Optimum time to assess complete clinical response (CR) following chemoradiation (CRT) using mitomycin (MMC) or cisplatin (CisP), with or without maintenance CisP/5FU in squamous cell carcinoma of the anus: Results of ACT II
Reporter: Annemarie Fernandes
The Abramson Cancer Center of the University of Pennsylvania
Ultima Vez Modificado: 2 de junio del 2012
Presenter: Robert Glynne-Jones, MD Presenter's Affiliation: Mount Vernon Centre for Cancer Treatment, Middlesex, United Kingdom
Localized anal cancer is typically treated with definitive chemoradiotherapy (CRT).
Patients with persistent or locally progressive disease after treatment require salvage surgical resection, which typically involves a resection with colostomy placement.
In the ACT I trial, relapse-free survival was improved with chemoradiotherapy compared to radiotherapy alone, but the complete response (CR) rate at 6 weeks was similar (39% CRT, 30% RT alone; p=0.08).
Most studies assess CR between 6 and 12 weeks following completion of CRT.
The preliminary results of ACT II were presented at ASCO 2009. With a median follow-up of 3 years, there was no difference in CR rates between MMC and Cisplatin with or without maintenance chemotherapy.
This ACT II study investigates the association between observation of CR at 3 different time-points and progression-free and overall survival (PFS, OS), to determine the optimal time to assess this early endpoint.
Materials and Methods
This is a multicenter, randomized factorial trial that enrolled patients between June 2001- December 2008 and compared Cisplatin (60mg/m2 on d1+ d29) versus MMC (12mg/m2 on d1 only) when combined with 5-FU (1000mg/m2 d1-4 +d29-32) concurrent chemoradiotherapy, and two cycles of maintenance chemotherapy versus no maintenance.
Radiation therapy was delivered with 3D conformal radiation therapy with parallel-opposed fields. The whole pelvis was treated to 3060 cGy (in 180 cGy daily fractions) with a cone-down to the primary tumor to a total dose of 5040 cGy).
Patients were excluded if assessment was not done/ missing at one or more time points.
CR (complete absence of tumor and node negative) was assessed by digital rectal exam or exam under anesthesia at
11 weeks (or 4 weeks after end of CRT)
18 weeks (10-11 weeks after CRT and pre-maintenance)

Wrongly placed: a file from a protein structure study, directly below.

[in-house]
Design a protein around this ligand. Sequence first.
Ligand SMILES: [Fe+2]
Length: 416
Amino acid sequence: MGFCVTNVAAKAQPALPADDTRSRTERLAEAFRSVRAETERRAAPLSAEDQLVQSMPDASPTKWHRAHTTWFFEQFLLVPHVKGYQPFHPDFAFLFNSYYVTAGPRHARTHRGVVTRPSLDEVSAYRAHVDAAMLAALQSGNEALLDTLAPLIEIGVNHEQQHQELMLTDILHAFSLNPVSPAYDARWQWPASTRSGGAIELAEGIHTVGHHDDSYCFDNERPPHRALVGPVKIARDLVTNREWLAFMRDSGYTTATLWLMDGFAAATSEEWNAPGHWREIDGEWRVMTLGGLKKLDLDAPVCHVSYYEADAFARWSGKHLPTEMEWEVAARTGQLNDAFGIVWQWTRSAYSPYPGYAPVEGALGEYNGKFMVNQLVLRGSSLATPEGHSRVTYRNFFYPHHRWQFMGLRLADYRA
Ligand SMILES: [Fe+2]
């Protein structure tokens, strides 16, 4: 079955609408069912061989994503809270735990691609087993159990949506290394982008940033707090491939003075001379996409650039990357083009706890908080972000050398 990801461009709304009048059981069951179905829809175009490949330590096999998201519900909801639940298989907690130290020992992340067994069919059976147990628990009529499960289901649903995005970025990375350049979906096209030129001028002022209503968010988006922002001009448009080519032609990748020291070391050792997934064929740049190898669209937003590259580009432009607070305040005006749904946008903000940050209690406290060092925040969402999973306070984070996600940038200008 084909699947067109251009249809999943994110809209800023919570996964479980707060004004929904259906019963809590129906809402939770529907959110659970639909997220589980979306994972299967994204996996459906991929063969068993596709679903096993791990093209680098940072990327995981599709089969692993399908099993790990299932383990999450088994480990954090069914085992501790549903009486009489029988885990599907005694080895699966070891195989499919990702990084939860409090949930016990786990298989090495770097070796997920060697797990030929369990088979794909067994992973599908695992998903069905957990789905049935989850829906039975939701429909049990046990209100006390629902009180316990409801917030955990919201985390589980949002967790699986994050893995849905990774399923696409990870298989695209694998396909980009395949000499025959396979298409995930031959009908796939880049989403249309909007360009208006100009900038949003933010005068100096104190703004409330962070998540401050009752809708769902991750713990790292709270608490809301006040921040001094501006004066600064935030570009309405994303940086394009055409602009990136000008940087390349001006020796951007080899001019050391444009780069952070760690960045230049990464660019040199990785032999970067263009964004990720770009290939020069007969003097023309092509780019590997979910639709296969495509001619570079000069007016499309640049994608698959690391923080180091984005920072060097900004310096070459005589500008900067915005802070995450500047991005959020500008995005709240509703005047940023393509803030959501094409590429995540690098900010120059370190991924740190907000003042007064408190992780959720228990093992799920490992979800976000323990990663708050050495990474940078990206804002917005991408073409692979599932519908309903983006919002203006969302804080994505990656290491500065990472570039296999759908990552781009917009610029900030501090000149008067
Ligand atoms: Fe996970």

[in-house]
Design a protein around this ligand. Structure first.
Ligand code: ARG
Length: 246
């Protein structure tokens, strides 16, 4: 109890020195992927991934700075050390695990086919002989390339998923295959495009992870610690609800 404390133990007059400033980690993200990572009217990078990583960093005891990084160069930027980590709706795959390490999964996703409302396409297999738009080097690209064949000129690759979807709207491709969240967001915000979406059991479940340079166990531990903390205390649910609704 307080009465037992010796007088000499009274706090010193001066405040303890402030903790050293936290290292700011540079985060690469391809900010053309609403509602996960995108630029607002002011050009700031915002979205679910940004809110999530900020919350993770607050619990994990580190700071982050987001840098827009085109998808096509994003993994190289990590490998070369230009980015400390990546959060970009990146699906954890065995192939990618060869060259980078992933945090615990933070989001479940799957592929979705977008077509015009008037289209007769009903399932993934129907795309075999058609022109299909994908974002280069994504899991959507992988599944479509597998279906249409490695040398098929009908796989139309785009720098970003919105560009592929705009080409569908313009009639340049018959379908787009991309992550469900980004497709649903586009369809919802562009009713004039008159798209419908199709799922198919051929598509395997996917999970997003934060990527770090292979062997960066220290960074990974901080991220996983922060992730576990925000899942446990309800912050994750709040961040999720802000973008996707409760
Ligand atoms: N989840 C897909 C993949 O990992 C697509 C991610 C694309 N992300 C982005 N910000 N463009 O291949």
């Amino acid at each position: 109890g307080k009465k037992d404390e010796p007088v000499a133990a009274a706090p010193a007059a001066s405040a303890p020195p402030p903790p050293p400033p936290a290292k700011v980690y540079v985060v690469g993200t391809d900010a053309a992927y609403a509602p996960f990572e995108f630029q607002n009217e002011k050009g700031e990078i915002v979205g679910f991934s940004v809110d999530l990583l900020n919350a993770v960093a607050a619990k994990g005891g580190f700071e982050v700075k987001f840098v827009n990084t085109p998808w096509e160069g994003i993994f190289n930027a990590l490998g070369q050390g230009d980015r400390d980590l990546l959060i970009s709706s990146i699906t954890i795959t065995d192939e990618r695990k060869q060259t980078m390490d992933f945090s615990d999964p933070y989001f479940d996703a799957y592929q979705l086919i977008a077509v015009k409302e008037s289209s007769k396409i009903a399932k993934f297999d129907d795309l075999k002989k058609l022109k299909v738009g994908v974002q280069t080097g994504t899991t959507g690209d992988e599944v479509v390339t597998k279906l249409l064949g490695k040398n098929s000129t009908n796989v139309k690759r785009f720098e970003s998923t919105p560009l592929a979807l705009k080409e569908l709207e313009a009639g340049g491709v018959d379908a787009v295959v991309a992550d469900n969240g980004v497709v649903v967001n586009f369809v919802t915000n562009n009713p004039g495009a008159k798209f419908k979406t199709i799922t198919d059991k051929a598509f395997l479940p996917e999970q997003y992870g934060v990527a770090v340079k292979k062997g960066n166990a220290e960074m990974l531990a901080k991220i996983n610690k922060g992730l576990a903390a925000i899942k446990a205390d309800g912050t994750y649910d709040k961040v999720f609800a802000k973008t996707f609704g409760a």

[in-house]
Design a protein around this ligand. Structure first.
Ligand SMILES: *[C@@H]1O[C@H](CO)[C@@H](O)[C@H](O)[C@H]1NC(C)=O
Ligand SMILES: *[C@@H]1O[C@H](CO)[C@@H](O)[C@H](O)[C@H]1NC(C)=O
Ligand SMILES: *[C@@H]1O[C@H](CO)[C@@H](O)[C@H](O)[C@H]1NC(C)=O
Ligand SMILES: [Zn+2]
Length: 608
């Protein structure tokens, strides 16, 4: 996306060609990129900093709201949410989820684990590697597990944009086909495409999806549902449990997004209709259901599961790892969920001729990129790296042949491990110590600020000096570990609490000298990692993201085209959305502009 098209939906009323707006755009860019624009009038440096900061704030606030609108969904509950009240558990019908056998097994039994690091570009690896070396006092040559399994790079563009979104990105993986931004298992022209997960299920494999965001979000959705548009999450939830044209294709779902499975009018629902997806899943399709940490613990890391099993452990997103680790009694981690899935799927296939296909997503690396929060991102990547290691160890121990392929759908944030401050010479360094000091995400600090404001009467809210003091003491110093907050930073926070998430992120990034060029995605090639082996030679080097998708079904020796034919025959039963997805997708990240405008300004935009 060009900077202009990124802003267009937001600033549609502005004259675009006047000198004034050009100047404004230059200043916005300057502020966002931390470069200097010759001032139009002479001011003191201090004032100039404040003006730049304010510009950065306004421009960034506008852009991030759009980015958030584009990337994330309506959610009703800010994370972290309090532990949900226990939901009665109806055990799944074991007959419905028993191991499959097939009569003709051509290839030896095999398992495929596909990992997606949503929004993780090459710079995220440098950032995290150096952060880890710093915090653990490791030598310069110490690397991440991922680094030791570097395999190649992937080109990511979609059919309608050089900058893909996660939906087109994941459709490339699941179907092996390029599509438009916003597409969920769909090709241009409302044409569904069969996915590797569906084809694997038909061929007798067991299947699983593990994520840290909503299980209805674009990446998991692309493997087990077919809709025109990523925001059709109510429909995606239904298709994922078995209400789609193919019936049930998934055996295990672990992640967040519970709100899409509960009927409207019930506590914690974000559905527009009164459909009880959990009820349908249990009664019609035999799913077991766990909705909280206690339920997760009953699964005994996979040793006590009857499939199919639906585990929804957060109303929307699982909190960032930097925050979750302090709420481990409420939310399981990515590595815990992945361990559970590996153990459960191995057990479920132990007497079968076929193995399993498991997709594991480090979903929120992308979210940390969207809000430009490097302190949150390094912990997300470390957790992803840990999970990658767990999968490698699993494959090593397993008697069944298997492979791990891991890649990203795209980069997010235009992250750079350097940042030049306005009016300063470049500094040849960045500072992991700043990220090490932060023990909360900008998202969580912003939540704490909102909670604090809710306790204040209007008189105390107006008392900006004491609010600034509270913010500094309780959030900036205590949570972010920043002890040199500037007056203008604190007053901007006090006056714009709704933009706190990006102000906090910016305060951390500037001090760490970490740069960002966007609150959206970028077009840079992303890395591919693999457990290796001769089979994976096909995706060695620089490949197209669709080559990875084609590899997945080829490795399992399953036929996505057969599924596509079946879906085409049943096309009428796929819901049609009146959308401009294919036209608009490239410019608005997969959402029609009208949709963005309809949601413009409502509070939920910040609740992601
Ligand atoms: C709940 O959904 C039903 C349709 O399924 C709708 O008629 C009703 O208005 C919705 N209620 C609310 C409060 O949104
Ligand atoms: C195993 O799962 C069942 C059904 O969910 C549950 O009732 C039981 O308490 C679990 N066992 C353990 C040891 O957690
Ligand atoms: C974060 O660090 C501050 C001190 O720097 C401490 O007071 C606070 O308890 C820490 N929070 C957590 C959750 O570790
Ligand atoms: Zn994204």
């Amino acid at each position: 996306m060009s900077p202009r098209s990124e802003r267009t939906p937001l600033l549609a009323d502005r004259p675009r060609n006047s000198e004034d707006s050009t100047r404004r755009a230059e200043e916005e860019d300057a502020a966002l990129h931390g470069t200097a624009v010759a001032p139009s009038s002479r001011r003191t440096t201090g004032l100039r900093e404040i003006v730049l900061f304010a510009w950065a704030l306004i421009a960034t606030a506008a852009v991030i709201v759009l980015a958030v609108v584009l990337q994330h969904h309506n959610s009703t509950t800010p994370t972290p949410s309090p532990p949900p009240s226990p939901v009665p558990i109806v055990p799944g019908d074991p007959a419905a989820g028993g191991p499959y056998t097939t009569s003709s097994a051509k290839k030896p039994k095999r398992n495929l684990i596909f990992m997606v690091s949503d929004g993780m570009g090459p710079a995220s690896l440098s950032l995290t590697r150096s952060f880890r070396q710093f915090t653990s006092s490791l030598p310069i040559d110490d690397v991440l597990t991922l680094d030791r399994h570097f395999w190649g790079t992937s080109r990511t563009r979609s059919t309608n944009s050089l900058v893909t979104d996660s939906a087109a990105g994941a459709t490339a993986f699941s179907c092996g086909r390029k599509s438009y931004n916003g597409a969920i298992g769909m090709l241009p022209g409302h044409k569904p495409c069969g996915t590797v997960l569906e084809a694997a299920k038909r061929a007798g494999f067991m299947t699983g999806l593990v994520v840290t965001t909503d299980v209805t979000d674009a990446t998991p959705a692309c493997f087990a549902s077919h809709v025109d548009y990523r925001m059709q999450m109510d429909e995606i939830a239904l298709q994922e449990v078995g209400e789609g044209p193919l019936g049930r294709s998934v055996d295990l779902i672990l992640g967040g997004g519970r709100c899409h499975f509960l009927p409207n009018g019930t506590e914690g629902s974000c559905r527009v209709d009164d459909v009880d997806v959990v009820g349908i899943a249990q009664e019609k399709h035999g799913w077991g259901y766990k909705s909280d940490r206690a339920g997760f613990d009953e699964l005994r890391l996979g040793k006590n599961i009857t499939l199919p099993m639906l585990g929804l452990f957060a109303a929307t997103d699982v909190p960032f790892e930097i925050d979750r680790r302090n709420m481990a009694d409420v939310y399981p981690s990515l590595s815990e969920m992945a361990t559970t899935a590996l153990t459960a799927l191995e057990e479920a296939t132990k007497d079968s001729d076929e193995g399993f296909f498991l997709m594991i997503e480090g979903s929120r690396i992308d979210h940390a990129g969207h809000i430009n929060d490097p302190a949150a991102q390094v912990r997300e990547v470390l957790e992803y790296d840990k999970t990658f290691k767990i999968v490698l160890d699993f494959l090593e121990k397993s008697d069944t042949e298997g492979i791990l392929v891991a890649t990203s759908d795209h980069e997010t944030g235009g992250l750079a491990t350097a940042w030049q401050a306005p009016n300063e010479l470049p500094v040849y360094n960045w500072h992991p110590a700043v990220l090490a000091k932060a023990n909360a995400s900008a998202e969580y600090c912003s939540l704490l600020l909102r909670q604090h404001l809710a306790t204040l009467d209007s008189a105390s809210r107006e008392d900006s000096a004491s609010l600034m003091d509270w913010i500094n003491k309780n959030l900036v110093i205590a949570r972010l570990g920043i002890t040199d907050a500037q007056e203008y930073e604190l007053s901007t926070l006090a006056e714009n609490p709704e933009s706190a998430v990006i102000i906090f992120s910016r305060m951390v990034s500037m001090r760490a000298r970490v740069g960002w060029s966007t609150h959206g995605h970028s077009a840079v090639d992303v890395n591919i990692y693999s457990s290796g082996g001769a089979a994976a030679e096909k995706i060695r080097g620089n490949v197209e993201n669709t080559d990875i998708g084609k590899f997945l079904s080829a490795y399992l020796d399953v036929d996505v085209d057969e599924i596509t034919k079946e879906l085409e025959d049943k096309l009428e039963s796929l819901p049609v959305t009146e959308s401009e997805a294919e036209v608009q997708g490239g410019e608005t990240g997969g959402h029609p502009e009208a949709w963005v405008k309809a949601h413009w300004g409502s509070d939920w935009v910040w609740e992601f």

26 weeks (19 weeks after CRT and 4 weeks post-maintenance)
At 26 weeks, response assessment also included a CT of the abdomen/pelvis and chest X-ray
940 patients MMC (N=472), Cisplatin (N=468), maintenance (N=448), no maintenance (N=446) were enrolled on the ACT II study.
245 patients were excluded and 695 patients were analyzed.
Similar to results presented in 2009, Cisplatin (compared to MMC) did not improve OS (HR: 0.96, p=0.89) or PFS (HR: 0.85, p=0.43) and rates of grade 3/4 overall toxicity were also similar.
90% compliance was seen in the MMC and Cisplatin arms
Complete response rates at 26 weeks were:
83% and 84% in the primary tumor and lymph nodes in the MMC and Cisplatin arms, respectively (p=NS)
82% and 85% in the primary tumor and lymph nodes in the no maintenance and maintenance arms, respectively (p=NS)
Complete response at 11 weeks, 18 weeks and 26 weeks was associated with statistically significant improvement in progression-free survival (for example, 11 weeks: 3-yr PFS: 80% CR vs. 72% no CR, p=0.02; 26 weeks 3-yr PFS: 83% CR vs. 45% no CR, p<0.001) and overall survival (26 weeks: 3-yr OS: 93% CR vs. 61% no CR, p<0.001).
Excellent CR rate were observed at 6 months- 83% and 84% for MMC and cisplatin, respectively
The majority (60%) of pts not in CR at 11 weeks achieved CR at 26 weeks.
The authors recommend response assessment at 26 weeks in future trials.
Because many patients who did not achieve complete response at 11 weeks had complete regression of their tumor at 26 weeks, response assessment at 26 weeks will prevent many patients from undergoing unnecessary salvage surgery
It is important to note that while response assessment at 26 weeks benefits late responders to therapy, earlier response assessment at 11-18 weeks is still necessary to identify patients with progressive disease.
Interestingly, maintenance therapy did not impact the increased rate of complete response at 26 weeks vs. 11 weeks.
The administration of MMC on day 1 only (compared to prior RTOG studies that administered MMC on day 1 and 28) may explain the similar toxicity profiles and compliance rates seen in this study
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